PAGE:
What’s driving the Dow?

23rd February 2012

While still more than 1,000 points below its all time October 2007 high at 14,164, it had climbed more than 2,000 points since early October and was standing at a level last seen in May 2008, some months before the Lehmans crisis erupted. The tech stock driven Nasdaq was at a 10 year high and there was an advance in the wider-based Standard & Poors 500 taking it to over 250 points higher than October lows.

So a pause for breath was on the cards. There was bound to be some profit-taking – the DJI future was pointing to losses before the opening bell clanged.  Markets can't travel one way for ever – there are always downs in bull phases just as bear markets often have more sessions trending up than down.

Besides these technical factors, there is the constant background of the on-off-on-off Greek crisis and, more recently fears over oil prices as the Iranian situation worsens – oil trader Vitol was talking the price up from around the present $120 to $150. One theory is that the Iranians are ratcheting up the war talk, pushing up a barrel of crude to make up for the lower volumes of oil it is now able to sell.

But even with all that, the Dow only slipped a fraction of one per cent in early New York trading.

Progressing despite everything

New York markets seem to have taken another problem in their optimistic stride – less information on first quarter trading as leading US companies issue their 2011 full year figures. It has been customary to include "guidance" on prospects for the early months of the year – many traders, analysts and fund managers depend on this.

This year, however, firms are reluctant to put their corporate heads above water.  With most companies in the S&P 500 already reporting figures, only around one in four has ventured firm facts on early 2012 trading – the lowest ratio since before the banking crisis.

"We're seeing a marked reluctance from companies to be concrete in their forecasts," said Christine Short at data provider Standard & Poor's Capital IQ. "When companies have talked about prospects for 2012, they have tended to make generic comments, which could apply to any company in any sector."  Companies blame uncertain  currencies and commodity prices – while there is an increased nervousness among corporates to offer information in the light of increased insider trading tension.

And even those who have ventured an opinion, more have downgraded expectations than enhanced them.

More bad news – is it in the price?

Backtrack to late last year when Goldman Sachs brought out its customary forecast for the coming 12 months. It was nothing to get excited about. The investment bank's "base case" was: 

1.     Stagnant economy. A fifth straight year of sub-trend economic growth with 1.6% GDP growth forecast in 2012 and the environment persisting in 2013 with 2.2%.

2.      Modest earnings growth. It expected margins to peak in 2011 and fall slightly in 2012. Combined with weak sales growth, this means S&P 500 earnings should grow only 3% to $100 in 2012.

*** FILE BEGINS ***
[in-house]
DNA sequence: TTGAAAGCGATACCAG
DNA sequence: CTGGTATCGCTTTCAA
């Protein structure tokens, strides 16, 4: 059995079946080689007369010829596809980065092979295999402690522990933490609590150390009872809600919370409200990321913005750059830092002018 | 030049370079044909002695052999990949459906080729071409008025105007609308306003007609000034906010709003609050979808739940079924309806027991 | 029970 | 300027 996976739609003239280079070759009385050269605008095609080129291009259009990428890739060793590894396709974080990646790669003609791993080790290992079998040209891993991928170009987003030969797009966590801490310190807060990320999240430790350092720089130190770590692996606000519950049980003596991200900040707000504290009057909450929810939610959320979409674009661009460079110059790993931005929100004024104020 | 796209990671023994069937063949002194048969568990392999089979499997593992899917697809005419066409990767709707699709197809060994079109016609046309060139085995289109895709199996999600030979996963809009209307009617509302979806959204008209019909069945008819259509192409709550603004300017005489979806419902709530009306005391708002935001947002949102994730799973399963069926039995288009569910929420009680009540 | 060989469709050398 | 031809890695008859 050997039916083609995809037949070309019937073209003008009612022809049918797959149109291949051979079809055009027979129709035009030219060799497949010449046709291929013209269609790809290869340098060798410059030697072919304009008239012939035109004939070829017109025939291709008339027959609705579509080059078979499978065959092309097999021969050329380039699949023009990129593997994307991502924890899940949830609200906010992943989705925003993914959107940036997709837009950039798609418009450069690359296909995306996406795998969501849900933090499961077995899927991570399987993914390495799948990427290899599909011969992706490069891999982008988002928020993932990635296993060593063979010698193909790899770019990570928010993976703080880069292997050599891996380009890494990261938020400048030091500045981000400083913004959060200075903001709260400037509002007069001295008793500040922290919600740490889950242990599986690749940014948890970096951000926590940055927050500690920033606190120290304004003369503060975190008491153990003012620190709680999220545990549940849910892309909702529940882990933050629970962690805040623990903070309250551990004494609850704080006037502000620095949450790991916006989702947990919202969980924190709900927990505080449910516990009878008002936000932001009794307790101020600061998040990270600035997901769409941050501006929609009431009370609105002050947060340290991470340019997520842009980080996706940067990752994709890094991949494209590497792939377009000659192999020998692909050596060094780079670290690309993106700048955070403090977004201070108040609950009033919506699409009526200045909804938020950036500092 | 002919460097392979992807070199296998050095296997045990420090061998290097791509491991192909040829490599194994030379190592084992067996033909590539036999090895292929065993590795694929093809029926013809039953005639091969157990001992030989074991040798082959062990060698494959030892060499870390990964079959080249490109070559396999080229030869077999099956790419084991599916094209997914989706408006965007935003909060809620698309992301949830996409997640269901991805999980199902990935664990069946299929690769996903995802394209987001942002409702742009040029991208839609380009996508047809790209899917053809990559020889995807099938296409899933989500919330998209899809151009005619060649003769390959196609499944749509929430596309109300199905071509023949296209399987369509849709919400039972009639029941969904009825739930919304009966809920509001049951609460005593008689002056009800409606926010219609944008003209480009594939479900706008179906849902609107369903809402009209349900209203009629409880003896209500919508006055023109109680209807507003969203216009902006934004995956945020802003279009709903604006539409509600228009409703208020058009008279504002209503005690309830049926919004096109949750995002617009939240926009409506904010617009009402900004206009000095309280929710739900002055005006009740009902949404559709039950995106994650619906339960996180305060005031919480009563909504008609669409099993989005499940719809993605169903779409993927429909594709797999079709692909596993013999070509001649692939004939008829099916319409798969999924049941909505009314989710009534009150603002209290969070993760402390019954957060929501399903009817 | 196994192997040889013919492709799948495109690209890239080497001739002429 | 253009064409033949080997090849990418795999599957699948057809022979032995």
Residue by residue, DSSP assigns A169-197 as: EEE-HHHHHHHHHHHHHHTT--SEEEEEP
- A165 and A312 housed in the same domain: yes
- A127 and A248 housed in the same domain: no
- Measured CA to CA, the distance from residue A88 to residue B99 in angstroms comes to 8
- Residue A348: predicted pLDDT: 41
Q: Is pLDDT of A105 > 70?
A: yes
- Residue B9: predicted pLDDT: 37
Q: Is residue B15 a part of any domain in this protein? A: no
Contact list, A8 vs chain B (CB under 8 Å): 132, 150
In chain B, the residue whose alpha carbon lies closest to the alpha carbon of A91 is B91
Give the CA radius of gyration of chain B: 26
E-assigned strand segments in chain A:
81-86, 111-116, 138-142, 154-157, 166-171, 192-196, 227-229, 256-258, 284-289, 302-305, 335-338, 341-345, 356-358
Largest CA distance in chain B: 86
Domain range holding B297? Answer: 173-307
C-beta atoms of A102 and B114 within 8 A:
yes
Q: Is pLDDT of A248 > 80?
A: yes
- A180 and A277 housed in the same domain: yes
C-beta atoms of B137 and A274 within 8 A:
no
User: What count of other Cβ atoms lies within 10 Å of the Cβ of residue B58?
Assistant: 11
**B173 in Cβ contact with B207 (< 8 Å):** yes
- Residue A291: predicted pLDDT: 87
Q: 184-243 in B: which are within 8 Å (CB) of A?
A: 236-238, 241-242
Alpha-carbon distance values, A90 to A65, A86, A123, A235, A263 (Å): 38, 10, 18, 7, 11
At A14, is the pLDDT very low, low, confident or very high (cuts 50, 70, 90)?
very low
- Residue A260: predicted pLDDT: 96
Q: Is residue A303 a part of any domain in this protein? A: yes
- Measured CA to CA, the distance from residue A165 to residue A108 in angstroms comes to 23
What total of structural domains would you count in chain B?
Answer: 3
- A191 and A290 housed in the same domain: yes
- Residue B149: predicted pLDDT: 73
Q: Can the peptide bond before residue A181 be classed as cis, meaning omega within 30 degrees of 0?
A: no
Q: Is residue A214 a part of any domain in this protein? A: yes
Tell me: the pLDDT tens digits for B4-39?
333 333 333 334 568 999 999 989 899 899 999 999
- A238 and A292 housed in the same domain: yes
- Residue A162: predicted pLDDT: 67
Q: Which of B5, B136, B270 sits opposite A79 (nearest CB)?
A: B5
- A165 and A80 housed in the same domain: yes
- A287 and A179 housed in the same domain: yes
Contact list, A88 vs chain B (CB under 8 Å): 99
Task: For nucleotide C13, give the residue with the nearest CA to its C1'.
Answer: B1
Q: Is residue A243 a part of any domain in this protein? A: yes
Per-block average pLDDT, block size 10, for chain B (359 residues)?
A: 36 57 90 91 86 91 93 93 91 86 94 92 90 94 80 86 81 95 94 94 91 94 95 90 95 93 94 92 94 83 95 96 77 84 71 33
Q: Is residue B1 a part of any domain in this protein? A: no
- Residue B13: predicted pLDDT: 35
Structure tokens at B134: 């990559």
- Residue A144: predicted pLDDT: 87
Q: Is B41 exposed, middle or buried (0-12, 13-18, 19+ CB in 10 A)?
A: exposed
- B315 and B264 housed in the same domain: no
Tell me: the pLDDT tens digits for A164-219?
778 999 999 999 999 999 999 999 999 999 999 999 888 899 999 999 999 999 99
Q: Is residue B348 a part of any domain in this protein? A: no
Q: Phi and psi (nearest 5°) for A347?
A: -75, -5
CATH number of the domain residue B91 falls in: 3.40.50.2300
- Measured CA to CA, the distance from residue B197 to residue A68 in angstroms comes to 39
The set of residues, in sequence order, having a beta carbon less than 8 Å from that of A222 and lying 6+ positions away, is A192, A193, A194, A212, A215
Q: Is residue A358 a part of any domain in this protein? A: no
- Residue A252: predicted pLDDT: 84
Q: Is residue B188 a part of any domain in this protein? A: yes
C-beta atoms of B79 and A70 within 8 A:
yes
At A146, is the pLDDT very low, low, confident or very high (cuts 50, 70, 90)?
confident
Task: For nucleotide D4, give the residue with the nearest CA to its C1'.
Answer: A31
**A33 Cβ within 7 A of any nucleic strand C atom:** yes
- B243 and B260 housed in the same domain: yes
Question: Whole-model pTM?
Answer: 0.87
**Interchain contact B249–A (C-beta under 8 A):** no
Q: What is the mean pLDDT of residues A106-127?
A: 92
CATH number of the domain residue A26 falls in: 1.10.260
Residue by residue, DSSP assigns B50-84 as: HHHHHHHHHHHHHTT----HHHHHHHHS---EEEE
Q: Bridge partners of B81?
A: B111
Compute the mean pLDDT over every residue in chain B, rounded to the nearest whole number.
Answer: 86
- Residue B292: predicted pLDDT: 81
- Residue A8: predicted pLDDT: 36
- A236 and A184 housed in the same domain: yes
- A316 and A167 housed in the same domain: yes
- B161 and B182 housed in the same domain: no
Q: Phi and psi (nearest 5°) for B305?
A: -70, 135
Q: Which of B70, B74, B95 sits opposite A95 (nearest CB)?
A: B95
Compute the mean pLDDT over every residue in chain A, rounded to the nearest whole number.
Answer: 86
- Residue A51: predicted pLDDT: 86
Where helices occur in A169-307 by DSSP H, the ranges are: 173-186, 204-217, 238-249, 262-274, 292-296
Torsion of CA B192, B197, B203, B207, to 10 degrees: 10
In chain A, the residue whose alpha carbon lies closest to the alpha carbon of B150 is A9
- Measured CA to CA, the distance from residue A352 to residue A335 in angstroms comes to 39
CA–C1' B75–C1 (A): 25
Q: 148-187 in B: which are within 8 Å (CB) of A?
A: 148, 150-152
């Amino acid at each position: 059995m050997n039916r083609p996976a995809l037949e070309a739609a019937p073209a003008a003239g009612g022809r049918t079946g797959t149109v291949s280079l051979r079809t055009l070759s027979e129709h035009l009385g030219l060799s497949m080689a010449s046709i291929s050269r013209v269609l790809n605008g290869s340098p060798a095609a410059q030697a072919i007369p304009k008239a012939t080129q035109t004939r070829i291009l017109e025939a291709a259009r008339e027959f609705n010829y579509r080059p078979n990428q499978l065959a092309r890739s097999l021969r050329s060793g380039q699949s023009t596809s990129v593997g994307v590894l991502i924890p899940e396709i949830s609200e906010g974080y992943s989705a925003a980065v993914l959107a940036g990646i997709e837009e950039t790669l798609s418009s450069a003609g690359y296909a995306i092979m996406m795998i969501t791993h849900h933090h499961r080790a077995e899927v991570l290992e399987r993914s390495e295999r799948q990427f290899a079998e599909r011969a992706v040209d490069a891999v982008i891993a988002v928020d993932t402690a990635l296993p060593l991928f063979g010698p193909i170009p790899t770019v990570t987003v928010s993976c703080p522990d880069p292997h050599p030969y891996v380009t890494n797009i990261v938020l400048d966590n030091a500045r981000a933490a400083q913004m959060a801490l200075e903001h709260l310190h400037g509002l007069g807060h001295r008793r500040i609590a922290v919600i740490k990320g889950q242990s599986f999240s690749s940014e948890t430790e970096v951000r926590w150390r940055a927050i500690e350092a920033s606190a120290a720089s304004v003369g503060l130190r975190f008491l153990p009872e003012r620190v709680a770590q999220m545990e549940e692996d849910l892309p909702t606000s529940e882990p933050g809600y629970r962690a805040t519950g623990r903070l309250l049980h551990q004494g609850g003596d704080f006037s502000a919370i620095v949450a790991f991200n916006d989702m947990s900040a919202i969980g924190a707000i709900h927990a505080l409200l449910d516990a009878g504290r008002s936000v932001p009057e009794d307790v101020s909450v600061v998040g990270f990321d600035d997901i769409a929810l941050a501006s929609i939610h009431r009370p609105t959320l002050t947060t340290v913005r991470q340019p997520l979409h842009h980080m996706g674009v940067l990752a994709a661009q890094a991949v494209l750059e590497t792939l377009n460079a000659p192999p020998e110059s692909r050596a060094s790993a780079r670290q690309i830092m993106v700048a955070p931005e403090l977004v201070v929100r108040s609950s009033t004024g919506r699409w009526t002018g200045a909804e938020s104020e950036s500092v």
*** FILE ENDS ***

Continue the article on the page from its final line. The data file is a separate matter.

3.      Stable valuation. The bank suggests P/E multiples tended to remain flat during 17 "stagnation" periods of prolonged weak but positive economic growth in OECD countries since 1980. This flat valuation along with modest earnings growth translated into a S&P 500 year-end 2012 target of 1250, roughly unchanged from the current level.

The S&P 500 is now trading 1,000 points higher. It seems the bulls now have the upper hand, holding more positive outlooks for margins and Europe. On a risk-on basis, optimists were looking in December for an S& P 1,400 by next Christmas. Goldman rejected this view, expecting the situation to worsen before a possibly half hearted recovery in later 2012.

Driving the Dow

What's going on? Perhaps Goldmans underestimated the lack of new money.

In the UK, fund managers Schroders says that after a decade of de-rating, US equities "look attractive based on current earnings and extremely so compared to bonds (both government and corporate)." It sees "scope for disappointment" but adds that stockpicking companies able to "sustain or grow earnings, together with those able to deliver an attractive dividend return" could give investors a more compelling asset class than cash or government bonds.

Clouds on the near horizon?  The Volatility Index (VIX) is low – it could move higher while the Citigroup Economic Surprise Index is in high ground, implying that there might be less unknown good news to push the market higher. 

Presidential precedents

But on the bright side the S&P 500, a broadly based index of US shares, has fallen in only three presidential election years since 1952, according to David Schwartz, the stock market historian. 

The index fell 3% in 1960, ( Kennedy elected), 10% in 2000 (George W Bush into the White House) and 38 per cent in Obama's 2008 year when banks imploded. In the other 12 election years over the period, the S&P has risen, seven times by double-digit percentages.

Schwartz says: "I think the US m
arket will rise this year. What's intriguing about America at the moment is that the economy is really coming alive. Last year it was like a spring being pulled tighter and tighter – now the market is ready to rebound. The election will also play a part."


More from Mindful Money:

Market crash: The secret to investment timing

The FTSE falls but do equities offer light at the end of the tunnel for UK economy?

Volatility: looking for the philosopher’s stone

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